The powers of the presidency are vast, but Trump has discovered in these first months in office that they do not include much influence over how his words and actions are consumed by the American people. Among the many frustrations, none seems to burn quite as much as the disrespect he feels he has received from the press, which has steadily failed to reflect his version of reality. The story he wants told is not the one the nation reads and sees…
“The truth is, I got a raw deal,” he says later in the evening, the frustration unmistakable for a man who has spent so much of his life grading himself by headlines. The détente with the press after the election that he had hoped for never came. “It’s gotten worse,” he says. “It’s one of the things that surprises me.”
To cope with this new reality, the President says he is trying a mindfulness trick: he has tried to tune out the bad news about himself. “I’ve been able to do something that I never thought I had the ability to do. I’ve been able not to watch or read things that aren’t pleasant,” he will say later in the night, listing off the networks he tries to tune out and the newspapers he struggles to skim. Of course, as his public outbursts indicate, he does not always succeed, but he says he no longer feels a need to know everything said about him. “In terms of your own self, it’s a very, very good thing,” he says. “The equilibrium is much better.”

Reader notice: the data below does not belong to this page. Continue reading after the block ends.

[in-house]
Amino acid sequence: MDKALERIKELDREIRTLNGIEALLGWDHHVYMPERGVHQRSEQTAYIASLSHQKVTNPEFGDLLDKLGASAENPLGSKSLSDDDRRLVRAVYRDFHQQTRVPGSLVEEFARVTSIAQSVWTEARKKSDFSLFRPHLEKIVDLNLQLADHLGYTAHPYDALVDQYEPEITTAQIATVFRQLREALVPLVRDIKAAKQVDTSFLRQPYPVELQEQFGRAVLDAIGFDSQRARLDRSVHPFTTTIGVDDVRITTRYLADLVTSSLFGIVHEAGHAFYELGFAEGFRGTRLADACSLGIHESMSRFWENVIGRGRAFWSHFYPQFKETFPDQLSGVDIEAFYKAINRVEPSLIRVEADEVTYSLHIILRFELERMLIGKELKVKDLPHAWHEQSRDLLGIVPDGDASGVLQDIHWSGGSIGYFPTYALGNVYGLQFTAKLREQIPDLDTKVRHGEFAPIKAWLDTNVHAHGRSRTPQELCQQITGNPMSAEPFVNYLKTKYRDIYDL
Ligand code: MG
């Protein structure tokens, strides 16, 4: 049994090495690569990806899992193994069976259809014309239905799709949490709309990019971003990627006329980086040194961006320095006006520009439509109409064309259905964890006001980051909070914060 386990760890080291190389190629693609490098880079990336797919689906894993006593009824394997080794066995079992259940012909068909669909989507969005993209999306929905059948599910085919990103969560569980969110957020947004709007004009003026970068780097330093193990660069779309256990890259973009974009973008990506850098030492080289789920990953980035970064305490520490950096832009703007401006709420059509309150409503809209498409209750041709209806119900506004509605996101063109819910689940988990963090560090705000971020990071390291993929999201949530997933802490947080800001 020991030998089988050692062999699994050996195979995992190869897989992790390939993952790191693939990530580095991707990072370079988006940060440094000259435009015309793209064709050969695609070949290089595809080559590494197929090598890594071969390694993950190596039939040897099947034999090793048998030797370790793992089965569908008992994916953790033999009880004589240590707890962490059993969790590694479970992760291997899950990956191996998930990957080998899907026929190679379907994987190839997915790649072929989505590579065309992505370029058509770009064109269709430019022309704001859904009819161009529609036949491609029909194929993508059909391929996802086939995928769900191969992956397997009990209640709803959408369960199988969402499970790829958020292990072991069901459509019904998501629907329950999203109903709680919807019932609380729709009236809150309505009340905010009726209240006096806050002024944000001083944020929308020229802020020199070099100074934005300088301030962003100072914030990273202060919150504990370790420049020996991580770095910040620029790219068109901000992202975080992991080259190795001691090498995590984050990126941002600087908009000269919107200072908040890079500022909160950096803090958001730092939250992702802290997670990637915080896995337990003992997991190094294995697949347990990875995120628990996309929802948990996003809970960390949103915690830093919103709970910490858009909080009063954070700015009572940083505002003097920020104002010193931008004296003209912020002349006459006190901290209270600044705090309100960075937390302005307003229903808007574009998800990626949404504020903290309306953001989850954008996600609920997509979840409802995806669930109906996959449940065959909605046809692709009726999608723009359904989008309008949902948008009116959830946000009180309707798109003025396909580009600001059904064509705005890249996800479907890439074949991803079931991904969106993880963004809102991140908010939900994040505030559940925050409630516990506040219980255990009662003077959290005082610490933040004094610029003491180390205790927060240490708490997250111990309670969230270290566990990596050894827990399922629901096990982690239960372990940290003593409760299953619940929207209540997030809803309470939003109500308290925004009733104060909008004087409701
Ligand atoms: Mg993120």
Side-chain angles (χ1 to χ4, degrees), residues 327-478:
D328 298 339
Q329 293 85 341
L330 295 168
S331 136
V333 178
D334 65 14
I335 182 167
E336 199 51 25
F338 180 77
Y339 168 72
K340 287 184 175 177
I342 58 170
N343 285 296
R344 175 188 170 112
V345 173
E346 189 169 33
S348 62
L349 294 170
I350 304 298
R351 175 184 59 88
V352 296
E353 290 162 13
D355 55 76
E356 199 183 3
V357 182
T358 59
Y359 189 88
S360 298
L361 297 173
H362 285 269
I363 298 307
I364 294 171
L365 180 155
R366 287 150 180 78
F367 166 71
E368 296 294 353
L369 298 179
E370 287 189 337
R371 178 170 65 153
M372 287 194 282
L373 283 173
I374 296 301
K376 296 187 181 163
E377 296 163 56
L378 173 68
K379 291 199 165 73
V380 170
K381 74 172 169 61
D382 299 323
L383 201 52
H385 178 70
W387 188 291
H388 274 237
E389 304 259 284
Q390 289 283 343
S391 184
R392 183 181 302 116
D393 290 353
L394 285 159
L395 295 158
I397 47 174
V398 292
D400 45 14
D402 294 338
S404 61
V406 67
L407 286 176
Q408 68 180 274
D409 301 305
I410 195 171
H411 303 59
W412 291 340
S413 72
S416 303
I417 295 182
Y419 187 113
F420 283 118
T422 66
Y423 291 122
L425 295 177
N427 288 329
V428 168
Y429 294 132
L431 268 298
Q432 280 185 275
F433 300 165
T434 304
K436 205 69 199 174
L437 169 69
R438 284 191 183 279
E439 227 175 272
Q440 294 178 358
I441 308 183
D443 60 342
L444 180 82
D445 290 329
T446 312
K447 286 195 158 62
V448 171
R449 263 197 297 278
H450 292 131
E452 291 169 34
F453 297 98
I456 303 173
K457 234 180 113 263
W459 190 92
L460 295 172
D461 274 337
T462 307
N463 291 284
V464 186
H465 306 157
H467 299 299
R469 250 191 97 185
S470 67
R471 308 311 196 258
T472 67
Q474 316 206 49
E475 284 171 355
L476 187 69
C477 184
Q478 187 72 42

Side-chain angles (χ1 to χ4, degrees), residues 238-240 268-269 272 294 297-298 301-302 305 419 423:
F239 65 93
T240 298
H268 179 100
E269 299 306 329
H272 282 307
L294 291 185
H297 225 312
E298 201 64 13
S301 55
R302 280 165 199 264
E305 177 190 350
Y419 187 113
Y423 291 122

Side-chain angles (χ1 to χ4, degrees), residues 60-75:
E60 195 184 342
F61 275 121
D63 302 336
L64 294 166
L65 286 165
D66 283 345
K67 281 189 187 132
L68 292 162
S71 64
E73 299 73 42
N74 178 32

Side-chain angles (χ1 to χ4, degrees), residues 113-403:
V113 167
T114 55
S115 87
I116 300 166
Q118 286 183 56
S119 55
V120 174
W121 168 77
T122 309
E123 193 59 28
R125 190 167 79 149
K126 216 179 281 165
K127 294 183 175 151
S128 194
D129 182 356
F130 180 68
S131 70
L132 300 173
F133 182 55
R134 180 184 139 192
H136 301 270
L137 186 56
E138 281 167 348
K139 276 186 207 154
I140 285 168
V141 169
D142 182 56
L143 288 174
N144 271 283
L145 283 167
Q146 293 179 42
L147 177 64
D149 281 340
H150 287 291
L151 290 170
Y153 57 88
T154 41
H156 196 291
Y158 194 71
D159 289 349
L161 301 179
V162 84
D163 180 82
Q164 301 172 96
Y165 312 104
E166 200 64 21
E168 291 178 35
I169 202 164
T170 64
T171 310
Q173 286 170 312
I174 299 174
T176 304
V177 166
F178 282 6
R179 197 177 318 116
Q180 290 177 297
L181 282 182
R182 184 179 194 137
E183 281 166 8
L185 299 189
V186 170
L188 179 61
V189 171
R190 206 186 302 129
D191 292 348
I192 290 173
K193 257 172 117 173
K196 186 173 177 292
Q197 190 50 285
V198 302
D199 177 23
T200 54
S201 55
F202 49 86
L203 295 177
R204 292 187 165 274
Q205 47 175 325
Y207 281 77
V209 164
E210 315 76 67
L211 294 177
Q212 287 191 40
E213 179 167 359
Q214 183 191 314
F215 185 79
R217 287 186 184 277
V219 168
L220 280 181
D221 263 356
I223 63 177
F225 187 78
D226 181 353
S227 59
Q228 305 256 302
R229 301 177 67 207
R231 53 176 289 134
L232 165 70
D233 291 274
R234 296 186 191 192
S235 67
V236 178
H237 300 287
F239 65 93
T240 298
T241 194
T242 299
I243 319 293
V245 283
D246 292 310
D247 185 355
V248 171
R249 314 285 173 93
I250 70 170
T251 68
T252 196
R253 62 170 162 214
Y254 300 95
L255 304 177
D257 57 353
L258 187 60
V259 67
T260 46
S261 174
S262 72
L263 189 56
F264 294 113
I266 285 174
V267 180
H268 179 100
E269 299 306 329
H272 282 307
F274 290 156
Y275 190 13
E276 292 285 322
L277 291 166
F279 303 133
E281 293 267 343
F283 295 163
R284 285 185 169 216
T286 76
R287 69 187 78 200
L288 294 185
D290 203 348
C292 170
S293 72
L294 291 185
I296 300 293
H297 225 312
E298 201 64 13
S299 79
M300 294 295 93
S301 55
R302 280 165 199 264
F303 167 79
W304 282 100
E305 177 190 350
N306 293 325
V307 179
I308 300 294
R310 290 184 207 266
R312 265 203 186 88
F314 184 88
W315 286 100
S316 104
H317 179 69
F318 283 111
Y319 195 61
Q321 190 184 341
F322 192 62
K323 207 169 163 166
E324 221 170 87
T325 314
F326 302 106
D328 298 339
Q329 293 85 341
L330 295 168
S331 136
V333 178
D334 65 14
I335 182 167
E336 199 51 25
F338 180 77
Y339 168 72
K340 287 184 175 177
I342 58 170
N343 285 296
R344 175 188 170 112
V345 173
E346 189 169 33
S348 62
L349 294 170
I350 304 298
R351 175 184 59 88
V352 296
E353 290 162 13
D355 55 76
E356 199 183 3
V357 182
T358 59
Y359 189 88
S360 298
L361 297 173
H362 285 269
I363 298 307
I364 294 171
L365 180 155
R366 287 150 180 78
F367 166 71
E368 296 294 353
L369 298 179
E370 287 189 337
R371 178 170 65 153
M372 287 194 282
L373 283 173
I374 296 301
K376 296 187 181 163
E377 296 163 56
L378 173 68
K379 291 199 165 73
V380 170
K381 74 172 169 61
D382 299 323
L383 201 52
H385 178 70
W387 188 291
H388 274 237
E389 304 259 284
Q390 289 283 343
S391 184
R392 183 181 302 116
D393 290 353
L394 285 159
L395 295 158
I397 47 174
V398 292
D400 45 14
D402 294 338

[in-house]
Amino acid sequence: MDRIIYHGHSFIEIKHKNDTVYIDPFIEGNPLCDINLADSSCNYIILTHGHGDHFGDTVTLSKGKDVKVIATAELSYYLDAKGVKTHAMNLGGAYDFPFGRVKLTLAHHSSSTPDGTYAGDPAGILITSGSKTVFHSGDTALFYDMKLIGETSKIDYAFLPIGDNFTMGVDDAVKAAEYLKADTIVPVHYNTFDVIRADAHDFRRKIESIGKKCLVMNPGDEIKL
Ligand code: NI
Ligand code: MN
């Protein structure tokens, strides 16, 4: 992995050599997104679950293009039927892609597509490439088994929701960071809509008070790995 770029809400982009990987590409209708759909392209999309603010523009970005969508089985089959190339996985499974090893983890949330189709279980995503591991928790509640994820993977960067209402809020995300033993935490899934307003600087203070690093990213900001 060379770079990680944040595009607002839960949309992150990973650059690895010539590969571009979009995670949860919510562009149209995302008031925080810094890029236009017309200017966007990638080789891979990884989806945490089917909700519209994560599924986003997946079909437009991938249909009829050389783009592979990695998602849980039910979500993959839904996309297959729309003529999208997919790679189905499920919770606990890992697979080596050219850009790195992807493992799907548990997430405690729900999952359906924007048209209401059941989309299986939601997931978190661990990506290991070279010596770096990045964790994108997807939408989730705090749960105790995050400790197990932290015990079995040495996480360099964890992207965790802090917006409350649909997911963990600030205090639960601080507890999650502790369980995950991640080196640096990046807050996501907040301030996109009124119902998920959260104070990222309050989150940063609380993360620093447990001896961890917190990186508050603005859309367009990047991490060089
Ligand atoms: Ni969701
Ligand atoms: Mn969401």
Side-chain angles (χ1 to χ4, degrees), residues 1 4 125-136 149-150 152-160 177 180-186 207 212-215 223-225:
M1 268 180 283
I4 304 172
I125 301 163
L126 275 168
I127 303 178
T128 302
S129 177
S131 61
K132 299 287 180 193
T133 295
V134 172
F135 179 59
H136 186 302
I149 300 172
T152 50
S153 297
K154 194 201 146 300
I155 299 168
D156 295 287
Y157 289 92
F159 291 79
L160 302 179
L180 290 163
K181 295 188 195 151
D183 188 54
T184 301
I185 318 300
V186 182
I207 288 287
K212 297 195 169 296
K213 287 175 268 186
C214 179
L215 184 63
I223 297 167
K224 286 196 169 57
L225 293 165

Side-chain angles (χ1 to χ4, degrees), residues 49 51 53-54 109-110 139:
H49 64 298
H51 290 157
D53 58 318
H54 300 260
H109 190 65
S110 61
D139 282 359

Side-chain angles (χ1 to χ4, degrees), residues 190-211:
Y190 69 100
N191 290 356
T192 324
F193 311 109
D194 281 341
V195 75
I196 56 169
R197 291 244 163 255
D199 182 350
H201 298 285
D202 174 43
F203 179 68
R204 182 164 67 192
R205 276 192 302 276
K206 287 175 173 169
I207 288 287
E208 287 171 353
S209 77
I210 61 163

The following day, the news of the Senate hearings will once again fail to comport with the meaning he derived from his TiVo. The focus instead will be on Yates’ description of how she warned the White House about the apparent duplicity of Trump’s first National Security Adviser, Michael Flynn, who misled the Vice President about his contacts with Russia. Flynn is now facing an investigation into foreign payments that officials say he failed to report.
Trump can’t do anything about that, for the most part. But he can still tweet. So now he walks out of his dining room, followed by the same substantial entourage of senior aides. Back in the Oval Office, he checks in with his waiting staff. “Did you get that stuff out?” the President asks of the tweets he had prepared. “The Russia-Trump collusion story is a total hoax,” one reads, “when will the taxpayer funded charade end?” Dan Scavino, his social-media director, is sitting on the couch. “Yes, sir. Instagram, Facebook, Twitter. It’s everywhere,” he says….